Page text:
In the second case cited by Hampton, Reece v. Delta Air Lines, Inc., 686 F.Supp. 21 (D.Me.1988), the plaintiffs, the widow and two sisters of the decedent, sought damages for emotional distress caused by the defendant carrier's negligence in mishandling the remains of the plaintiffs' decedent, which were shipped in a coffin. The carrier moved for dismissal on the grounds that the waybill, which contained the contract entered into by the defendant carrier and the shipper, a funeral home, limited the total damages recoverable to fifty cents per pound. See id. at 22. The court concluded that "the contractual language cannot limit [the defendant carrier]'s liability for any tort which is independent of the shipping contract." Id. (emphasis in original). From the nature of the shipment in Reece, however, it is clear that the carrier in that case knew the contents of the coffin, and could foresee that the mishandling of the coffin would cause injuries of the type or nature suffered by the plaintiffs. Hence, in Reece, in contrast to this case, the damages suffered by the plaintiffs were reasonably foreseeable. Cf. Johnson v. State, 37 N.Y.2d 378, 383, 334 N.E.2d 590, 593, 372 N.Y.S.2d 638, 642 (1975) (A defendant is liable under "special circumstances," such as the negligent transmission of message of death and negligent mishandling of a corpse, because the injury suffered is "within the 'orbit of danger' and therefore within the 'orbit of the duty' for the breach of which a wrongdoer may be held liable." (citing Palsgraf v. Long Island R.R., 248 N.Y. 339, 343, 162 N.E. 99, 100 (1928)).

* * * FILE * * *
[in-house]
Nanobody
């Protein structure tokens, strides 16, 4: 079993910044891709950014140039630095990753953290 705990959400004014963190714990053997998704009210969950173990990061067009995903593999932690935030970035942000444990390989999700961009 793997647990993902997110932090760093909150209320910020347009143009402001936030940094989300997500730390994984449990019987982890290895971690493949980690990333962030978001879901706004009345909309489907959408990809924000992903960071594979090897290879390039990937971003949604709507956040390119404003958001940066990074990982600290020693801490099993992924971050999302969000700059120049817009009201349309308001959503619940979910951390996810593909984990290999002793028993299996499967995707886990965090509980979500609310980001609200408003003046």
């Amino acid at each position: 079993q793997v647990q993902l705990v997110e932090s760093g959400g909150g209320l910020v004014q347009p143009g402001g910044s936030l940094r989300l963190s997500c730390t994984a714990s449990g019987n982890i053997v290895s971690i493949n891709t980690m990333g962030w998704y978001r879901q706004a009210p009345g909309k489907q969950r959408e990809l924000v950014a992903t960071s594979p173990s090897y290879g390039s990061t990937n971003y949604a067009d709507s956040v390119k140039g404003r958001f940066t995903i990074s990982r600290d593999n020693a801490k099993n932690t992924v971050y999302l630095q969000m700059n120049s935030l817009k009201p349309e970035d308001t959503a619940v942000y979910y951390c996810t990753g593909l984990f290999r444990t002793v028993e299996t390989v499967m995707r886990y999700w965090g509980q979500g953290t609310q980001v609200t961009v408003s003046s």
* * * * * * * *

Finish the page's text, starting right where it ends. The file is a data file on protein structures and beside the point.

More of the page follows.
26

In a case factually similar to Reece, however, another district court granted a defendant carrier's motion to dismiss. In Neal v. Republic Airlines, Inc., 605 F.Supp. 1145 (N.D.Ill.1985), the plaintiffs, the children and heirs at law of the decedent, sued the defendant carrier for damages caused by the carrier's negligence in misdelivering the remains of the plaintiffs' decedent. In granting the defendant's motion, the court stated that "[w]here * * * it is clear plaintiffs seek damages for breach of the carriage contract with [the defendant carrier], they may not avoid that contract's liability limits by framing their complaint in terms of bailment and tort." Id. at 1148. Stating that the plaintiffs "must proceed, if at all, on a breach of contract theory," id., the court concluded that since the plaintiffs were not parties to the contract of carriage, they could not sue the carrier. See id. at 1150.

27

Apart from the district court cases discussed, Hampton has failed to cite any authority in support of his position that the released value doctrine does not apply. Even if the released value doctrine does not apply, in this case, Hampton still cannot prevail under general principles of the common law.